Carbenicillin is a member of the penicillin β-lactam antibiotics. However, unlike most β-lactams, carbenicillin disodium is limited to primarily gram-negative bacteria including Pseudomonas aeruginosa and common enteric species. It can be used in selection protocols and is often preferred over ampicillin due to its increased stability. This allows for less contamination of unwanted bacterial colonies. In addition, carbenicillin has been used to regulate bacterial growth in plants, yielding low regeneration frequencies. It can be used in genetic transformation applications to select for AmpR transformed cells.
Penicillins are a type of β-lactam antibiotic consisting of a four-membered β-lactam ring bound to a five-membered thiazolidine ring. This two-ring system causes distortion of the β-lactam amide bond, resulting in decreased resonance stabilization and increased reactivity. β-lactams inhibit the formation of peptidoglycan cross-links within bacterial cell walls by targeting penicillin-binding proteins or PBPs. Consequently, the bacterial cell wall becomes weak and cytolysis occurs. Resistance to β-lactam antibiotics occurs in the presence of cells containing plasmid encoded extended spectrum β-lactamases or ESBLs.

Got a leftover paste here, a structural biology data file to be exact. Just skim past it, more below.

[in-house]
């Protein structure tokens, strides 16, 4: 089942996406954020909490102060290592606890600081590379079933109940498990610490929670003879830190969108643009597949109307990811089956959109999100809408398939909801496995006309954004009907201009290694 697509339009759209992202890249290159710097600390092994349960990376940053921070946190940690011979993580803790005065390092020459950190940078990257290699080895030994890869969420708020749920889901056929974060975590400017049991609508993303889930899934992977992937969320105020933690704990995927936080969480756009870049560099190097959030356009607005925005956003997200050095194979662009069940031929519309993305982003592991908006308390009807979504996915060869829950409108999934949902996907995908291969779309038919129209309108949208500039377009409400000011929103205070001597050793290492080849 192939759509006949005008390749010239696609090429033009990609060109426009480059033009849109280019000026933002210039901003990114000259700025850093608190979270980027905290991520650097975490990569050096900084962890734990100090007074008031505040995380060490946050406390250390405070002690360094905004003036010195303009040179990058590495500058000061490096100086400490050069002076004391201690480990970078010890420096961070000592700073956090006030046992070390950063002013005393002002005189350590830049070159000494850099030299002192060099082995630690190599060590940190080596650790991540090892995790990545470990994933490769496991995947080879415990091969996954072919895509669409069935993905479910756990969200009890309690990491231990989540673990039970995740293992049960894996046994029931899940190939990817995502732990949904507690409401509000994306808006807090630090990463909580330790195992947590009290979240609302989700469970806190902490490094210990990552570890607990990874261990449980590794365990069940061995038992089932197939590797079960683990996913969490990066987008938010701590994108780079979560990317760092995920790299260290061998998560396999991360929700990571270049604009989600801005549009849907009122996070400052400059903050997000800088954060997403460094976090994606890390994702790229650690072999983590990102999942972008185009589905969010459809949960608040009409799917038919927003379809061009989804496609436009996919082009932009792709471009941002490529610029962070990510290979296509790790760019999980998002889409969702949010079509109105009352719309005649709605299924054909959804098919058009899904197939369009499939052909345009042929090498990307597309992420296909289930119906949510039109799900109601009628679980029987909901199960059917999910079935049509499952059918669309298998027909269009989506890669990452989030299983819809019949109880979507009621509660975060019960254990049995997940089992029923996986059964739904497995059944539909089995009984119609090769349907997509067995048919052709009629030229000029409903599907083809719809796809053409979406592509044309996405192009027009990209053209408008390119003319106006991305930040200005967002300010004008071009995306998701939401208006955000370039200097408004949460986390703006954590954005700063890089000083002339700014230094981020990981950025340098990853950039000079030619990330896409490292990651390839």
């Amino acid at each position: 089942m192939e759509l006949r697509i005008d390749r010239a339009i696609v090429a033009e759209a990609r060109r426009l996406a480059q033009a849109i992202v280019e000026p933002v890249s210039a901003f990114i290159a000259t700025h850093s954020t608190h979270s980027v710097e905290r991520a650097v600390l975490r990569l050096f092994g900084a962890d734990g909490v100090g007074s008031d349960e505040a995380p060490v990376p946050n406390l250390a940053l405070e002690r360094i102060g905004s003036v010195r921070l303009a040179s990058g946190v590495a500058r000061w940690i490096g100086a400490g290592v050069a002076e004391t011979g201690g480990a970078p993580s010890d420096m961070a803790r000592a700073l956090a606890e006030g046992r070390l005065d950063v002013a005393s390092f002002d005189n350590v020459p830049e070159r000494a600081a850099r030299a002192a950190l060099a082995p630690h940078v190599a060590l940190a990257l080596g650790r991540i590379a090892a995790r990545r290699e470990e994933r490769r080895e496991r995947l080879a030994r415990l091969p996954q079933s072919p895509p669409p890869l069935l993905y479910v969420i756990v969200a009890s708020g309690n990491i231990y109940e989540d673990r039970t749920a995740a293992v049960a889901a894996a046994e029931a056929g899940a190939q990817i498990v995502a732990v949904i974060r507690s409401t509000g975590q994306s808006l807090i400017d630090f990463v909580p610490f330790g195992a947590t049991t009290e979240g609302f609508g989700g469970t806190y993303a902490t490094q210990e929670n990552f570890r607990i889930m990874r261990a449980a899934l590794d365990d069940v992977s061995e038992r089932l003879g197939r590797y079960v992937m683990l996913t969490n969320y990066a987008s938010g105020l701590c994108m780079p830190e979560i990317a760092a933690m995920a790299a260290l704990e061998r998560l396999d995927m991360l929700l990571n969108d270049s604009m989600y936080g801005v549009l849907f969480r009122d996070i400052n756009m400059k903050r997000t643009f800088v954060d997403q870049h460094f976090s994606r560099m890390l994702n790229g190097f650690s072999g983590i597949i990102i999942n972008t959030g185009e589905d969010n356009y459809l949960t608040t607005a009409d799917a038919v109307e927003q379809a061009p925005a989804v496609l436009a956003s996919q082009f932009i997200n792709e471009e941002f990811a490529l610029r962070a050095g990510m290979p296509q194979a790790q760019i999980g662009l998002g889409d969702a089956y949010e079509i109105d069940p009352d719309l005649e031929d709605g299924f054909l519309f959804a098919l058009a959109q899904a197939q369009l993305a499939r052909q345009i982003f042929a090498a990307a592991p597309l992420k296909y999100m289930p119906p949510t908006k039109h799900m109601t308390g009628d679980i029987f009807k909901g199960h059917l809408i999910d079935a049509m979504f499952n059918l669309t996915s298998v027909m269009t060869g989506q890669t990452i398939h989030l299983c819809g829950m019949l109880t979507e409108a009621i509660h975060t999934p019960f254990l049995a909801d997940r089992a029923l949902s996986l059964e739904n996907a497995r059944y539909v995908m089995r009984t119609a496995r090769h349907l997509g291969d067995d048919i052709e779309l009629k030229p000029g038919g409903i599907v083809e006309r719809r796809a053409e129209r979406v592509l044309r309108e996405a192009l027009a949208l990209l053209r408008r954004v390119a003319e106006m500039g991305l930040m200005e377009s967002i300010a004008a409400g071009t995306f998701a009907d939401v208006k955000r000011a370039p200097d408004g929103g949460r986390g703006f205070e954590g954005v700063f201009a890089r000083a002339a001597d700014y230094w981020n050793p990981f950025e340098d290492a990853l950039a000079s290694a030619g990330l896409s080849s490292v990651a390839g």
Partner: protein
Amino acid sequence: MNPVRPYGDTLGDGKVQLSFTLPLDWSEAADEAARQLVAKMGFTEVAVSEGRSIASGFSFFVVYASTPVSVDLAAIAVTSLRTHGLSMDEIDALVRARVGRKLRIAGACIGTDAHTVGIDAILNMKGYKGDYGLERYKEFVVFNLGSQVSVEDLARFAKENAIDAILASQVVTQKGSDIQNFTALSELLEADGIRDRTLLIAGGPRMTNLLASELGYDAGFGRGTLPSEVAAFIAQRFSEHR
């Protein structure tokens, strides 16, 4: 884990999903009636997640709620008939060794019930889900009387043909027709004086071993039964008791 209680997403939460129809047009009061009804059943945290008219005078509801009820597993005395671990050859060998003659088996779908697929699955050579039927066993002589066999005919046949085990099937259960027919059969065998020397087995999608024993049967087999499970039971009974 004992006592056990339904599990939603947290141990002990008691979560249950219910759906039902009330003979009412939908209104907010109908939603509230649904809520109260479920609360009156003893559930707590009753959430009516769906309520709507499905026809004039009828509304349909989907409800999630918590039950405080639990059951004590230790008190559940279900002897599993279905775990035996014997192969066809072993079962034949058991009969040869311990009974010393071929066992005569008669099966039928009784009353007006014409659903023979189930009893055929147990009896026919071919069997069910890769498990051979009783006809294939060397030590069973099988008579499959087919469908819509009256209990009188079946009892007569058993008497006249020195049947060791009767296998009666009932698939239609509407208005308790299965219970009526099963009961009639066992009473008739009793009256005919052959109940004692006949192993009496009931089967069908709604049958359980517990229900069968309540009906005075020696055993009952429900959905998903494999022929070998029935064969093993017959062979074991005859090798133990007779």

Carbenicillin Disodium in H2O
(100 mg/mL Pre-Made Solution, 0.2 µm Sterile Filtered)